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Huda Kattan Eyebrows
Huda Kattan Source: Instagram.com

During the nineties and well into the early 2000s, thin, barely-there eyebrows were all the rage. If you googled photos of celebrities or even found old Facebook photos of your friends, you will notice that everyone from your high school friend Melissa to Christina Aguilera and Gwen Stefani took pride in their thin eyebrows. Then, several years ago, people’s perspective on beauty started to shift. Celebrities, regular people and even beauticians began to notice just how much the frame and proper fullness of the eyebrows can affect not only the shape of a person’s face, but actually enhance their beauty. Prominent eyebrows took center stage, and then the frenzy was taken to an entirely new level.

Rumor has it that thanks to Cara Delevingne, sales of tweezers have dropped drastically as everyone, all of a sudden, wanted their brows, thick, voluminous, feathery, wild and powerful. People went to extreme lengths and the overworked brows became an object of ridicule that the beauty community begged for to stop. 

Since then, people have been doing their best to let their natural eyebrows grow back, and those who couldn’t, resorted to trusty brow gels, pomades, and pencils that would help them fill in the blanks and cover up both the insane and unflattering thinness and at times hairless spots and scarceness in their brows. Now, while there is nothing wrong with wanting to have nice and symmetrical-looking brows that frame your face and add to your beautiful features, there is apparently a dark secret lurking behind overly prominent brows.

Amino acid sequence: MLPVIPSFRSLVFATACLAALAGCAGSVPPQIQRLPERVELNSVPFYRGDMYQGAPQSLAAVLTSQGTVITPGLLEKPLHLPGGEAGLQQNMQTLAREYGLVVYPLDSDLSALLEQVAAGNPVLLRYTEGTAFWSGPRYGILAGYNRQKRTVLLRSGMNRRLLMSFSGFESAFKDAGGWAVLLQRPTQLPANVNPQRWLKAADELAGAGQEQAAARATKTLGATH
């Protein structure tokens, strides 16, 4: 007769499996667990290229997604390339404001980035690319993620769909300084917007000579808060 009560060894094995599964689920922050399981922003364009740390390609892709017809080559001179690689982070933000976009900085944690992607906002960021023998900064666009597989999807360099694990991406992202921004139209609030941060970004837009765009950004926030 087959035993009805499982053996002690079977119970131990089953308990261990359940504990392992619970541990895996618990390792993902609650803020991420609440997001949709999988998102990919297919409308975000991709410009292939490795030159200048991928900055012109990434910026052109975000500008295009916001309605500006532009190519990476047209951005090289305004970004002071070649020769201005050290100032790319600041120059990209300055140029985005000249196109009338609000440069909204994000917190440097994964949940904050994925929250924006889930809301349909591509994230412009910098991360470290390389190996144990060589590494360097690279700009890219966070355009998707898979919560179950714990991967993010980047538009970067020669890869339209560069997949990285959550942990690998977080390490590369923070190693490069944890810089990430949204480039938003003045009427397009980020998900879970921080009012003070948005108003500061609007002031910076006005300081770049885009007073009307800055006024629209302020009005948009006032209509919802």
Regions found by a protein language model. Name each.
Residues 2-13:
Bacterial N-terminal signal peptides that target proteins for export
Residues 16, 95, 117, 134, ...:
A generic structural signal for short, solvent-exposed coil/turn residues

The study of narcissism

There have been numerous studies conducted on narcissism and how to spot a narcissistic person. The ‘red flags’ ranged from asserting authority and emphasizing their superiority over others, excessive flattering and/or harshness towards other people, incredible manipulative skills, blame shifting, the works. They also exhibit excessive amounts of confidence, foster a strong belief that they are more special than anyone else, and constantly crave and demand external validation. However, the worst traits of narcissists are that they are incredibly exploitative and will use anything and anyone to get what they want, which is inextricably linked with their utter and complete lack of empathy. It is hard to be sympathetic and considerate when you’re your own number one, and for that matter, only priority.

However, these are all internal traits, so in order to uncover a narcissist you often get burned by them first and come to this realization once the damage has already been done. Now, however, there are new studies that suggest that there is a single prominent physical trait that can help you recognize a narcissist right off the bat.

The tell-tale sign

Eyebrow Psychology

A number of studies, those published in Psychology Today, Business Insider and Independent, just to cite a few, have come to the conclusion that aside from the fact that these people are usually highly attractive, wear luxurious clothes and are impeccably neat, there is one more thing that will help you spot them, one that is perhaps more obvious and quicker to spot than all others – full and highly prominent eyebrows. As stated in Psychology Today, “Eyebrows may be particularly important to people high on the personality trait of grandiose narcissism’ as they foster a yearning to be admired and recognized – which granted, brows have the power to do. As a result, they might “seek to maintain distinct eyebrows to facilitate others’ ability to notice, recognize, and remember them; thereby increasing their likability and reinforcing their overly positive self-views.” This comes as no surprise as not only do narcissist yearn to be liked, but they have an innate initial likability that draws people in in the first place, that is, before the mask is removed and they see what kind of person they’re actually dealing with.